Funding equalities

People often criticise councillors for never agreeing – but some things feel so unjust that we can all stand together and present a united front.

The inequalities in the funding councils like ours receive from government is just such an issue.

Representatives of the Conservatives and Lib Dems joined me and some of our local MPs to lobby directly to the government.

We put our case direct to Marcus Jones – the Parliamentary Under Secretary of State for Communities and Local Government.

In my view, our funding settlement is completely unfair in that it penalises us now for past decisions where we accepted government options available to us.

For example – we were told that if we froze our council tax, a 0% rise for our residents, we would receive the cash we would have gained from a 2% increase. That money has not been added into the base budget, it was to come through grant and now that grant has been cut. It is costing us £14 million every year.

That is on top of the disproportionate way councils like ours are affected. Kirklees is the 8th lowest funded council in the country – and the second lowest funded Metropolitan council per head of population. That is despite many areas of need.

The purpose of our meeting was to appeal directly for help to bridge our funding gap.

Kirklees is heavily dependent on its government grant, and like other authorities in a similar position, has seen a much greater cut to its overall level of funding. With our council tax and business rates funding base not as strong as most other authorities because the vast majority of properties fall in Band A and most of our businesses are SMEs, the net funding loss for the Council over the next three years will be £10.8m.

Changes to New Homes Bonus and Education Services Grant have added a real financial issue which risks undermining our financial plans.

The 2017-18 provisional figures and latest population statistics show Kirklees spending £639 per head of population. The average for mets is £747.

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The combined impact of a fundamentally unfair distribution, an existing low funding base, rising demands, and the additional negative impact of the changes I mentioned earlier means there is an unprecedented shortfall, which we have limited options to put right.

We have saved almost £130 million already. Our future savings plans risk being harmed by government policy. Local residents and businesses are the ones paying the price for that, and all can see the inequality in this. A united front to government was important – it is only that way that they see that our efforts are not posturing or playing politics – they are real, and urgent, and  vital to stop us losing more and more vital services.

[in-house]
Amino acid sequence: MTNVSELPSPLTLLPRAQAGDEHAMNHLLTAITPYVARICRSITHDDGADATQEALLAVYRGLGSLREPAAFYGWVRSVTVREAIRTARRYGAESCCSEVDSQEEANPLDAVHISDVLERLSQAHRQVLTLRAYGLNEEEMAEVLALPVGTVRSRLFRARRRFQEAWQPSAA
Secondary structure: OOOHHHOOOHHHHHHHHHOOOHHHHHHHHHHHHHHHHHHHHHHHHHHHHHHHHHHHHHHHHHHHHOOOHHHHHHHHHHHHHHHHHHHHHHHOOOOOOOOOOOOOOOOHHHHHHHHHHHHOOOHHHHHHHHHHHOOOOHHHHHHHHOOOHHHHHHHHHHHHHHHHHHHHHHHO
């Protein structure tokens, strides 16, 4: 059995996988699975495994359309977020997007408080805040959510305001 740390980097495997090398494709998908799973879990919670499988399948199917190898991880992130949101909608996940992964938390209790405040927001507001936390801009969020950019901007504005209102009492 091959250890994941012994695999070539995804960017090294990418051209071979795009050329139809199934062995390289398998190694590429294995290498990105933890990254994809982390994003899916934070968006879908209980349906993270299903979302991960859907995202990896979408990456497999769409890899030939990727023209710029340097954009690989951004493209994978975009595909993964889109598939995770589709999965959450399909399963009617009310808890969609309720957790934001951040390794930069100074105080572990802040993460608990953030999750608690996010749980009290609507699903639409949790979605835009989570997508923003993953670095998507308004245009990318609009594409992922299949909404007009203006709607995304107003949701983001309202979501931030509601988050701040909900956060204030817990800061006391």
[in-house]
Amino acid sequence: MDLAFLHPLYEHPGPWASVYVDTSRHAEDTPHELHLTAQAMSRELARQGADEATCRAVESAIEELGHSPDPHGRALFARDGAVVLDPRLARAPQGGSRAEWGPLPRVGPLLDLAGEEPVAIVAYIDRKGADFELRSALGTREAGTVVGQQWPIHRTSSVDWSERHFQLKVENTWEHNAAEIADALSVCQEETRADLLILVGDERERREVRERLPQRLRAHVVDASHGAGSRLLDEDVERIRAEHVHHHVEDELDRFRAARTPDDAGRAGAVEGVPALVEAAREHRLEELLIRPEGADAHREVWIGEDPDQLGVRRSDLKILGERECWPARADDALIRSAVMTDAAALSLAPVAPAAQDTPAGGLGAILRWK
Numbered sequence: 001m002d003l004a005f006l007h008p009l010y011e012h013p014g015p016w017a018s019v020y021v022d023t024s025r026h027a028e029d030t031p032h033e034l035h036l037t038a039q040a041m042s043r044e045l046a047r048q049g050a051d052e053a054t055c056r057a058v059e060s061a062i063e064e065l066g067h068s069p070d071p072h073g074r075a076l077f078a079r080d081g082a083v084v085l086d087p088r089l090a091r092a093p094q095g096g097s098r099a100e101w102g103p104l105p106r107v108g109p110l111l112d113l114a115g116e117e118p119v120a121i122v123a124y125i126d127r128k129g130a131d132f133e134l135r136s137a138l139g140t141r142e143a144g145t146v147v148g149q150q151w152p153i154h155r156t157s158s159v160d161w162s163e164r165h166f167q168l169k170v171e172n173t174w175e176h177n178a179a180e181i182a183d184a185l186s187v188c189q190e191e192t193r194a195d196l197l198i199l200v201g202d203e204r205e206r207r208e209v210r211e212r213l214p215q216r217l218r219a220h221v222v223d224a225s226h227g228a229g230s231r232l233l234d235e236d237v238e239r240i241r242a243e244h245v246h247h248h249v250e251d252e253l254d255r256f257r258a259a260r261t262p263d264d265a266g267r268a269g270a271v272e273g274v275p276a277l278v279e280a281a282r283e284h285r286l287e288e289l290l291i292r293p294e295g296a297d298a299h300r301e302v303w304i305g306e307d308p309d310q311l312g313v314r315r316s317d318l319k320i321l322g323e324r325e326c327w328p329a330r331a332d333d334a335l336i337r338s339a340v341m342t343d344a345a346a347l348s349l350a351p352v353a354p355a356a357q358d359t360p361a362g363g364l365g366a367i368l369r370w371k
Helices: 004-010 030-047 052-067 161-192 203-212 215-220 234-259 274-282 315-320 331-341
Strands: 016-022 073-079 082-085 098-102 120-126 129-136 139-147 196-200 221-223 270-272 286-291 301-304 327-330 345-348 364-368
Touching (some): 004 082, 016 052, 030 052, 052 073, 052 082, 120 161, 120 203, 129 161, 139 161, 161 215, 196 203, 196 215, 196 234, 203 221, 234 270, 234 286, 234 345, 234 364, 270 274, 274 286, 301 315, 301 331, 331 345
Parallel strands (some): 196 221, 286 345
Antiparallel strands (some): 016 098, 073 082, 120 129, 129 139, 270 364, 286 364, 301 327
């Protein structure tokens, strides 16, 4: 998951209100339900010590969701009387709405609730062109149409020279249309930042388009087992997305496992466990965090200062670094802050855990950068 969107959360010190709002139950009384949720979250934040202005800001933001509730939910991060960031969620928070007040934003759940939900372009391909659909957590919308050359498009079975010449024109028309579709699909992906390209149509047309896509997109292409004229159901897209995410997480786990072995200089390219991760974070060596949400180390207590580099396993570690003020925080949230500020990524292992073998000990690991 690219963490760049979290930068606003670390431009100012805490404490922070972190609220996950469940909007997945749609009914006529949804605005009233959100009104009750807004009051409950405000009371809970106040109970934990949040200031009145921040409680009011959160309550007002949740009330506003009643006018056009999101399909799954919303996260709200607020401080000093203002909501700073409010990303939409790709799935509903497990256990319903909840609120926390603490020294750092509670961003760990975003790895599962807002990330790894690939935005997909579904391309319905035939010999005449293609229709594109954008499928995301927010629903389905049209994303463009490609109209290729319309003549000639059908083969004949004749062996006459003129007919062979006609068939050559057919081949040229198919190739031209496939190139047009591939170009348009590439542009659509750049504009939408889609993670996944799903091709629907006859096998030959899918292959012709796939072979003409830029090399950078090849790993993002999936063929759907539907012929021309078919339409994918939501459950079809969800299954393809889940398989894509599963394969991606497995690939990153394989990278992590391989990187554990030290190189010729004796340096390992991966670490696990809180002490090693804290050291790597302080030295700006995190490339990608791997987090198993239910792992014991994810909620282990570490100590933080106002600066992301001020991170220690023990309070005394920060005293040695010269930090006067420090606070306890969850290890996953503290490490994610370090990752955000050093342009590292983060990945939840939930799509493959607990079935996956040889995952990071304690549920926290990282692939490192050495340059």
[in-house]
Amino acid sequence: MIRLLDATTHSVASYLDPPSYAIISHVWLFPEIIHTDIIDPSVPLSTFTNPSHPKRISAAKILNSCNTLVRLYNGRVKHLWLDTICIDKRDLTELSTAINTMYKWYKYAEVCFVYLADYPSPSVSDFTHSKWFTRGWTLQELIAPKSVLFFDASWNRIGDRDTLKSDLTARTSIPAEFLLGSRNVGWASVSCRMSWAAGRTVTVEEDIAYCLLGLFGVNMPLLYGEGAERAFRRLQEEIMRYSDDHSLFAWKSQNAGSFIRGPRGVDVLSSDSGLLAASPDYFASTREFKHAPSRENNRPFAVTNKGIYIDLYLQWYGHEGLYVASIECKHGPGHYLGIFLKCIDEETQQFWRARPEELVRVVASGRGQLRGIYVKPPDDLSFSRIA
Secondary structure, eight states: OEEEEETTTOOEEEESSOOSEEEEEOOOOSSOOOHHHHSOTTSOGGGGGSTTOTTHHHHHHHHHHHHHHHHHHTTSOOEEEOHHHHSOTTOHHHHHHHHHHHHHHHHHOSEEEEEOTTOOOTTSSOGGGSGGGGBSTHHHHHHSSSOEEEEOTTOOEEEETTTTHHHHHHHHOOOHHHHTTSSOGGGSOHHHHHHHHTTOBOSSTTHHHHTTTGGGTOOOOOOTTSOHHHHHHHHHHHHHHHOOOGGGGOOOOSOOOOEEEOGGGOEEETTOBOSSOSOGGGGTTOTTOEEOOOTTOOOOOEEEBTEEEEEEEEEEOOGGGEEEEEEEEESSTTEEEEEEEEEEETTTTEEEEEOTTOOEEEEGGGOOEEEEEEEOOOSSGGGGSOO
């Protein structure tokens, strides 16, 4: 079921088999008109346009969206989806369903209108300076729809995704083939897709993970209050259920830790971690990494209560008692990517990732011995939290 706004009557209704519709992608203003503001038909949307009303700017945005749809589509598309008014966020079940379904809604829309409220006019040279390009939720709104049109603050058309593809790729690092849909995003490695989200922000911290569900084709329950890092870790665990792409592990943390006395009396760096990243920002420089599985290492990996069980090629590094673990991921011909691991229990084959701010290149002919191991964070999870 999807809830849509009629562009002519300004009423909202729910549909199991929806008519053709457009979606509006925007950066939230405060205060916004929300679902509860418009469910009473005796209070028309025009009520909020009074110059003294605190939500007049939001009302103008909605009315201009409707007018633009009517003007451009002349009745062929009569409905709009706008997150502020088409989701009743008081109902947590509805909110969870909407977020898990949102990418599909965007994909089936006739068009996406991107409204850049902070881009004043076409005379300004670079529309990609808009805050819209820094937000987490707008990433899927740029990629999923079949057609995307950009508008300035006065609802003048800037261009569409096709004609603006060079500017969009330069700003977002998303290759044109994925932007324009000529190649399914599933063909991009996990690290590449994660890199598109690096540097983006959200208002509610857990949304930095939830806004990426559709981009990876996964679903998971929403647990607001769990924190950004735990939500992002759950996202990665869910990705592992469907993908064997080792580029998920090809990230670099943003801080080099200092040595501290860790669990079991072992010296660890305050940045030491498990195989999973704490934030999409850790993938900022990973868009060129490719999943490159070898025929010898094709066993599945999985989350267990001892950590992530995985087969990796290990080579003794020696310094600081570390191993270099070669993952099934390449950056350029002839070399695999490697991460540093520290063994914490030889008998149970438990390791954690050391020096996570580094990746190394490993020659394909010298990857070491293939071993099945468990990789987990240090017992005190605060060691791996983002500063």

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Quarterly budget update

The huge financial challenges facing the council are back in the spotlight after the publication of a new report.

The document, which was discussed at this week’s Cabinet meeting, shows a potential budget overspend for the current financial year, even though we’ve continued working exceptionally hard to save money wherever possible.

It’s a result of the ever-growing demand for social care – in both children and adult services – which means there’s greater pressure to look after vulnerable people in our communities. For example, people are living longer with more complex needs such as dementia, while we have a duty to keep children safe from harm. At the same time, of course, we are having to deal with further cuts in the funding we receive from central government.

The figures suggest that current spending would lead to a two per cent overspend this year, which equates to £6million and would put even more strain on council resources. Sometimes people ask me why we don’t use our reserves to plug some of the financial gaps, but we are already doing that in a carefully managed way.

There are problems with using up your reserves. For example, you can only spend them once – once they’re gone, they’re gone. If we had taken certain people’s advice a few years ago and started spending reserves without proper controls, they would have run out long ago. Instead we’ve been careful and responsible. Yet, at the current rate of spending, our reserves will still be at a critical level by midway through next year – that’s the serious reality of our economic situation.

Following this week’s Cabinet, plans are being developed to reduce the predicted overspend and we will continue monitoring spending. I have asked for detailed reports, on a quarterly basis, to monitor progress against the budget.

It’s vital to remember that, overall in Kirklees, we’ve already responded to government cutbacks by saving more than £106million, with another £29million planned over the next few years. There’s no doubt that northern areas are being disproportionately hit. Add the figures for all of West Yorkshire and the combined cuts forced on Bradford, Calderdale, Leeds, Wakefield and Kirklees are upward of £700million, with lots more to come…….the figures are astonishing.

New spending pressures appear all the time and local councils are being given more and more responsibilities, yet there’s no end in sight to the cuts we need to make. You have to ask: When central government are drawing so much money from the people of Kirklees through income streams like VAT, income tax and vehicle tax, what exactly are they giving back to the area?

That’s one reason why the Local Plan is so important. It will help us to create jobs, meet local housing need and contribute to Kirklees being a successful and vibrant place to live and work. Our financial challenge is also the biggest reason why, as a ‘New Council’, we are encouraging local people to do more for themselves and each other.